More importantly, over the long term, as market opening extends to deeper integration behind borders, and involves microeconomic and social policy in the 1990's, the interdependence among G7 members is increasing (Lawrence et al. 1996). As Table M shows, from the early 1980's to 1994, the share of the stock of G7 member's FDI within the group rose rapidly, particularly after 1990. The largest 1990's gains were not regional but trans-oceanic, as the US-Canada share decreased substantially, the US share to the EU, Germany, France, Italy and, above all, Britain grew, and as Japanese, German, British, French and Italian shares to the US increased.

More broadly, the growth of G7-guided globalization in the 1990's has increased the exposure of G7 governments and citizens to inflows from abroad of several new human security threats– infectious disease, illegal migration, money laundering and drugs, other transnational crime, and environmental stressors (Kirton 1993). In some cases, such as transnational crime, the sources, recipients and flows of the threats are largely intra-G7. In many other cases they involve outside members. In all cases, however, it is difficult to envisage autarkic border defenses by G7 members to defend against these new threats to human security. And it is the G7 members collectively who alone have the capacity to lead a co-operative international response.

The intervulnerabilities created by cascading G7-centered globalized interdependence are often dispersed and incremental, and hence politically invisible, in their impact. Proactive and preventative G7 agreement is thus often difficult to achieve. It is only when such process acquires acute attention, urgency and force at times of crisis or shocks that a strong and effective reactive G7 response is forthcoming. Moreover, effective G7 action is most likely in the face of a second shock – a crisis highly similar to one experienced by G7 members in the proximate past, but to which the G7 did not respond with a co-ordinated action, with costly consequences for all (Kirton 1989). It is these second shocks, such as the 1973 and 1979 oil crises, rather than the old consensus of a more than half-century distant depression, war and embedded liberalism, that provide the catalyst and reference point for collective action, and overcome the traditional differences or false new consensus that might otherwise prevail (Putnam and Bayne 1987, Bergsten and Henning 1996). Thus, the 1997-8 Asian economic crisis has received a substantially more effective collective response than the 1994 Mexican peso crisis that preceded it.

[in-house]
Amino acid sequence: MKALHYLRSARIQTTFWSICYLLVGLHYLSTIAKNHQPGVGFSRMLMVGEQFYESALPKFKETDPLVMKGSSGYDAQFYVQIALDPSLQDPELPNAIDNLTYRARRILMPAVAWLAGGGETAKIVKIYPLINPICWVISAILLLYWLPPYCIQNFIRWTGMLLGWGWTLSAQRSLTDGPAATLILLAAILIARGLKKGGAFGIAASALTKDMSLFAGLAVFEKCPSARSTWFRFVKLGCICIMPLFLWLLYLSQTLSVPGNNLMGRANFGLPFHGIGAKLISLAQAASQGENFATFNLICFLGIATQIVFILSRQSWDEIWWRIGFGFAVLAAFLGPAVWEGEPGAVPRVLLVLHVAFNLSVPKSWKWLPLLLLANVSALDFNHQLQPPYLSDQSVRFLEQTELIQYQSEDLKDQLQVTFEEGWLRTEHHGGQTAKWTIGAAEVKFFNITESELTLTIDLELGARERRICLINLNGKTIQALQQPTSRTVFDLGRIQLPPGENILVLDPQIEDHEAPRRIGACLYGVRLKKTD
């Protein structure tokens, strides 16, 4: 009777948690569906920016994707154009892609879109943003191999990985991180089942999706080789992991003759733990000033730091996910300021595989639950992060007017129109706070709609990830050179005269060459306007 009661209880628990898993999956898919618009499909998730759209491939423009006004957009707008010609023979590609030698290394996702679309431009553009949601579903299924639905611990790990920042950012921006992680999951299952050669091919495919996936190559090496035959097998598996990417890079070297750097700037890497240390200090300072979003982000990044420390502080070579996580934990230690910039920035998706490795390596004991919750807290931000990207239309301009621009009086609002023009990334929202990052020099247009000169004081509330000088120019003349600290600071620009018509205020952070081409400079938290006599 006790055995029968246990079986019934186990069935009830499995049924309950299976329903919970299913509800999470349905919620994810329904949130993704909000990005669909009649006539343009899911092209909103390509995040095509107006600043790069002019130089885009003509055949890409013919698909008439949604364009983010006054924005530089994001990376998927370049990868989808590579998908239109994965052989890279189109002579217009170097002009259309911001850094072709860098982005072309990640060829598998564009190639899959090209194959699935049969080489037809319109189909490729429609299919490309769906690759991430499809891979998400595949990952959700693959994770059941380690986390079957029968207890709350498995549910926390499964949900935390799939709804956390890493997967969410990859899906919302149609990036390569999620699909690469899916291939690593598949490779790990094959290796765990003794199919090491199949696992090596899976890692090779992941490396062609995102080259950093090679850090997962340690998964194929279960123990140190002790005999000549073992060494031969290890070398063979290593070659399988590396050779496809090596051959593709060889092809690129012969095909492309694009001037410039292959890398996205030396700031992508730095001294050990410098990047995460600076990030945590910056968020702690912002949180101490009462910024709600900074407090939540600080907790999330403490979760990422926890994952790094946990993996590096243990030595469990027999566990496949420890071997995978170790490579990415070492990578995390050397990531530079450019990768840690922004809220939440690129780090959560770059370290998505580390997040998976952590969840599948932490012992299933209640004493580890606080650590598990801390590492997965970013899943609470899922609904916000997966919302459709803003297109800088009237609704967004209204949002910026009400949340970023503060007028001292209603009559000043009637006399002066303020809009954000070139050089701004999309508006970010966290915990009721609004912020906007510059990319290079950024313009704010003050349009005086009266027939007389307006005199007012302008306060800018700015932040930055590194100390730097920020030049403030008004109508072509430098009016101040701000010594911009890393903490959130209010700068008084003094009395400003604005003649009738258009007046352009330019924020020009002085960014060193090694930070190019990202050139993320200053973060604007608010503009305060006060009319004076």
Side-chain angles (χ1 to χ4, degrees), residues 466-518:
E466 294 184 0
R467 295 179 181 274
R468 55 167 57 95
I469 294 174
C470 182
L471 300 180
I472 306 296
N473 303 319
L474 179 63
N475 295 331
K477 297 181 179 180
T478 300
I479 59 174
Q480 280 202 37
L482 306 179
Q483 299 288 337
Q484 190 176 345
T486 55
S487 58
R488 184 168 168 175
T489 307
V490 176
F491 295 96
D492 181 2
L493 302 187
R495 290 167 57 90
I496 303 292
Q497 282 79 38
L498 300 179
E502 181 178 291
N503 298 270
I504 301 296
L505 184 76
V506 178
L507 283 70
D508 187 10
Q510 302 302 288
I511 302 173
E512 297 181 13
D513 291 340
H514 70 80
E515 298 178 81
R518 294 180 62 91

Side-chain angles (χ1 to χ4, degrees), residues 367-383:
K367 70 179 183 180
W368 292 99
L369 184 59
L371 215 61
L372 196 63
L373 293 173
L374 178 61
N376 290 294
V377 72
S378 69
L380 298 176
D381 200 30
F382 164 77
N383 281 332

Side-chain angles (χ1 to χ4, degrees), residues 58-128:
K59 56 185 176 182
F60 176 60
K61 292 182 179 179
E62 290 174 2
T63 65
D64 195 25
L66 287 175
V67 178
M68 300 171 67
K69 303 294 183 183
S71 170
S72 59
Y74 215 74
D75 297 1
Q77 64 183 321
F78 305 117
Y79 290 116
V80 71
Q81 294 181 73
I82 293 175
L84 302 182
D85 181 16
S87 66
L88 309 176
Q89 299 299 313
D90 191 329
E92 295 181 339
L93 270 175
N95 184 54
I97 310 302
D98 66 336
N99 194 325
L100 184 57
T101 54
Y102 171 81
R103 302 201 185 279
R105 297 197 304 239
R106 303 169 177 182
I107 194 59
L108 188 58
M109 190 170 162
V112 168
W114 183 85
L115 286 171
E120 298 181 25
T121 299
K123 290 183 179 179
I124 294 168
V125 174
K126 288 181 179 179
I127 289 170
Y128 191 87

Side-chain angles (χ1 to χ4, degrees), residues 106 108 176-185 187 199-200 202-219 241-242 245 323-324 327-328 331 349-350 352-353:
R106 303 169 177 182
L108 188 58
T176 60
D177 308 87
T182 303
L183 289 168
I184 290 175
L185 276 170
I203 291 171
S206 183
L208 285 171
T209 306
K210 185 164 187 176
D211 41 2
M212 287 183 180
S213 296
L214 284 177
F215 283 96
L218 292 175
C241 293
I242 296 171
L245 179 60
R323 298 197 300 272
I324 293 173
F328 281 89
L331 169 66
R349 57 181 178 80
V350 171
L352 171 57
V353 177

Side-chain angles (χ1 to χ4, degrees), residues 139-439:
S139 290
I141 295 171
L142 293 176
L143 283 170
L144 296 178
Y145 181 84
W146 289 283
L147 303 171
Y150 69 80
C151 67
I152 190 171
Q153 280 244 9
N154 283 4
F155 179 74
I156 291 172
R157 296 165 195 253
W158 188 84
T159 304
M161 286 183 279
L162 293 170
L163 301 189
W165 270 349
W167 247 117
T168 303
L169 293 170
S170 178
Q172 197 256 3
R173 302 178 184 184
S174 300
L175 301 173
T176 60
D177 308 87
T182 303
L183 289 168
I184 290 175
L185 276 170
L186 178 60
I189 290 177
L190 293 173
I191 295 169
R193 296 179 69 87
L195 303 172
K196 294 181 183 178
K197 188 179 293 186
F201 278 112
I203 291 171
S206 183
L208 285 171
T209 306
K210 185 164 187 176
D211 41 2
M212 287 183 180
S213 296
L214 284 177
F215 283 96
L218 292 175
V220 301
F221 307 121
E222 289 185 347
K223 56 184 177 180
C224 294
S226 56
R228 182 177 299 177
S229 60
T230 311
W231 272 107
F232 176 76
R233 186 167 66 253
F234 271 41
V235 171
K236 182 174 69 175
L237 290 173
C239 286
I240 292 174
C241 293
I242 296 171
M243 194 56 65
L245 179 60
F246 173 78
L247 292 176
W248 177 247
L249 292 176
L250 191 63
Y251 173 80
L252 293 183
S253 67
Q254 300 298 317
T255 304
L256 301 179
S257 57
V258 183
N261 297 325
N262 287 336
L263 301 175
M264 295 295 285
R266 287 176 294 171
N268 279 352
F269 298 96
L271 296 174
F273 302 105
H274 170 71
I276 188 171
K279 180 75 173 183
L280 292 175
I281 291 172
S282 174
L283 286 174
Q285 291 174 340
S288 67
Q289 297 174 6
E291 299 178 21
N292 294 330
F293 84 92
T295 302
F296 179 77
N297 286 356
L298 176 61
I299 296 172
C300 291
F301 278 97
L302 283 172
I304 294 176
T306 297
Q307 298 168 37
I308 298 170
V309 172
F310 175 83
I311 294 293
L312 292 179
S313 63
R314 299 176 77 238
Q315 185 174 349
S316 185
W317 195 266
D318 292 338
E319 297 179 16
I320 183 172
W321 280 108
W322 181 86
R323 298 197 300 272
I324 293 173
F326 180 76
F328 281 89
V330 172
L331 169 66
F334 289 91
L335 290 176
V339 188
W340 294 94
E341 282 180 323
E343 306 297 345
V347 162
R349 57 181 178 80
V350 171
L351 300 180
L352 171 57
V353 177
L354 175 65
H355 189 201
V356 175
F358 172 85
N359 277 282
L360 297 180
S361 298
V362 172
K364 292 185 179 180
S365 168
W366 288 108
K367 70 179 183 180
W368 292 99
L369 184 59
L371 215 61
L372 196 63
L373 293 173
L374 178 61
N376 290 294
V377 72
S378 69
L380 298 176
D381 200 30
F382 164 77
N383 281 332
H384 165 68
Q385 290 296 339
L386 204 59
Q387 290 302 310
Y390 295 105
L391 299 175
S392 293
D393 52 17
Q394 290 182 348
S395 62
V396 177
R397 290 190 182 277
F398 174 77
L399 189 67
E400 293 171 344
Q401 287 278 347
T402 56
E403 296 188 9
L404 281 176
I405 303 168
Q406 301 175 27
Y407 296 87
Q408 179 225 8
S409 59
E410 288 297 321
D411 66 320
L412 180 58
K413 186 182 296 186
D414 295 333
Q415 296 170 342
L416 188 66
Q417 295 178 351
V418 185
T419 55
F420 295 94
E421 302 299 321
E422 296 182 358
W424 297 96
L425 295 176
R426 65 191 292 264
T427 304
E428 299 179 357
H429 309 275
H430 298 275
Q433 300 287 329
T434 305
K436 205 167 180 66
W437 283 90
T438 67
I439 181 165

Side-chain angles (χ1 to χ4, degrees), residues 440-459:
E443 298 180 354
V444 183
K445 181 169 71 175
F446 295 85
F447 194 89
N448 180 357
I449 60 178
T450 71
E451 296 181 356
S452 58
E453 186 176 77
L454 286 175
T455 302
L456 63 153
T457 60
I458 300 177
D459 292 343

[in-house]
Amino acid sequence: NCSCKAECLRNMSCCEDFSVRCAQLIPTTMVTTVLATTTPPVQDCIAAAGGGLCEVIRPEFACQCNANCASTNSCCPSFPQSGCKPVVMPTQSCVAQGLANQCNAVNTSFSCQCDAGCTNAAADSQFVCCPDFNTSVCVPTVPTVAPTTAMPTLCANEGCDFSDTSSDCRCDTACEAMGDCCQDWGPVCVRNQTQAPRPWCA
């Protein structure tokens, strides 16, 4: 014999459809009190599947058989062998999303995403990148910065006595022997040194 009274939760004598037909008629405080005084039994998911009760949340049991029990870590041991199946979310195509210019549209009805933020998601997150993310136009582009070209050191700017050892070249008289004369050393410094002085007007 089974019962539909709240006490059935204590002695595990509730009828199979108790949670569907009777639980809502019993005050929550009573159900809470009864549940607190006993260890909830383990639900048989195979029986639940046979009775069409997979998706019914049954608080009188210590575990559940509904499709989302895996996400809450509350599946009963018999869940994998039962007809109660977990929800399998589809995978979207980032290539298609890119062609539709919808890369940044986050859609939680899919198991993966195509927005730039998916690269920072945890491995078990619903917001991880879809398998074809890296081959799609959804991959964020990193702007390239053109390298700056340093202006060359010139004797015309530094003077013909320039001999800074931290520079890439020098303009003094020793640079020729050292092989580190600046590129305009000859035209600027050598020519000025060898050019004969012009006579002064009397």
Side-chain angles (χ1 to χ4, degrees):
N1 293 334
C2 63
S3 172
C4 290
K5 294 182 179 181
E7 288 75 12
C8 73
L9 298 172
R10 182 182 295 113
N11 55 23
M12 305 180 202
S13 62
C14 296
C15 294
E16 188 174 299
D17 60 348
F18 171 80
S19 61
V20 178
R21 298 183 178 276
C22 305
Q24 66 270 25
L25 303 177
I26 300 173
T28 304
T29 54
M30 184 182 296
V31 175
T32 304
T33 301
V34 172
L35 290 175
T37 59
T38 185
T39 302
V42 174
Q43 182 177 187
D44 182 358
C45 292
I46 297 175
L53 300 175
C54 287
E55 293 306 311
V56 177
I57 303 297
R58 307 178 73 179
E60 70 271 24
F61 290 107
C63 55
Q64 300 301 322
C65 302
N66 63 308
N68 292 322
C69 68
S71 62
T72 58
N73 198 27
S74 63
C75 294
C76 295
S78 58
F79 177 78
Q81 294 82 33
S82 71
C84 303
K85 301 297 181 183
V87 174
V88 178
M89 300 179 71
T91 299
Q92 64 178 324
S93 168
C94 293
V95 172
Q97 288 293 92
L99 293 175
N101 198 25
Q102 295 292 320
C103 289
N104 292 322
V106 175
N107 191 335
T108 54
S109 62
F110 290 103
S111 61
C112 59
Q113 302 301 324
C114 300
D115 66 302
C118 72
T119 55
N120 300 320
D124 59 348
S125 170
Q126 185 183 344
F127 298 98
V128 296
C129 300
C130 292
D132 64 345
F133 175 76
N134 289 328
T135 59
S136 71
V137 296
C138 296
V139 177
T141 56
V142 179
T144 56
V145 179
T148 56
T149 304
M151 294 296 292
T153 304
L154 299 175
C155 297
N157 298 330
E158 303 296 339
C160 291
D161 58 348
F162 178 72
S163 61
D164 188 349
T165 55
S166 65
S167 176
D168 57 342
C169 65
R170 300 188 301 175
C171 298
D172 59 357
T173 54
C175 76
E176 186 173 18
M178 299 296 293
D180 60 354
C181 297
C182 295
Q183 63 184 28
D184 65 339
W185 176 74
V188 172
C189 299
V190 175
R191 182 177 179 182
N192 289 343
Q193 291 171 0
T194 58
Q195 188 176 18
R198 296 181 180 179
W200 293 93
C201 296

Reinforcing the ease of communication consensus formation and co-operation, providing a core reference point and theory for the form co-ordination should take, and offering a powerful catalyst for G7 agreement is the profound reservoir of common principles that G7 members share. The crisis-bred commitment to defend the values of a democratic polity and market economy within the G7's core area, and to extend these principles as the dominant form of domestic governance globally was and is the ultimate raison' d'être for the G7's creation and continuation. These have been reinforced by additional values, such as international openness, human rights, and environmental protection. At present they are further strengthened by a common commitment to providing a floor of social welfare and equity among their citizens in the face of common policy problems, such as the burden on public pension systems caused by aging populations.

A final feature fostering high levels of G7 performance is the effective use of the unique feature of the G7 as an institution controlled by popularly and democratically elected political leaders. These features allow leaders to create the cross-issue and cross-regional linkages that create Summit solidarity on the basis of diffuse reciprocity. At the same time the proliferation of ministerial forums engenders the detailed management of once domestic but now transnational issues. It further enhances the implementative and surveillance capacity that increase national compliance with leaders' commitments (Kokotsis 1998, Kokotsis and Kirton 1997).

Most generally, as in the case of crime and employment, they allow the lateral integration of long separated functions, and, as in infectious disease, the integration of international and deeply domestic practices. Promising a major advance in this feature of growing political control is the Birmingham model of Summit reform, with its leader's only format, prior individual and joint meetings of finance and foreign ministers with both a stand-alone and preparatory agenda, meetings of the ministers with the heads of the three major multilateral organizations, and a serious meeting of G7 leaders immediately prior to the opening of the new G8.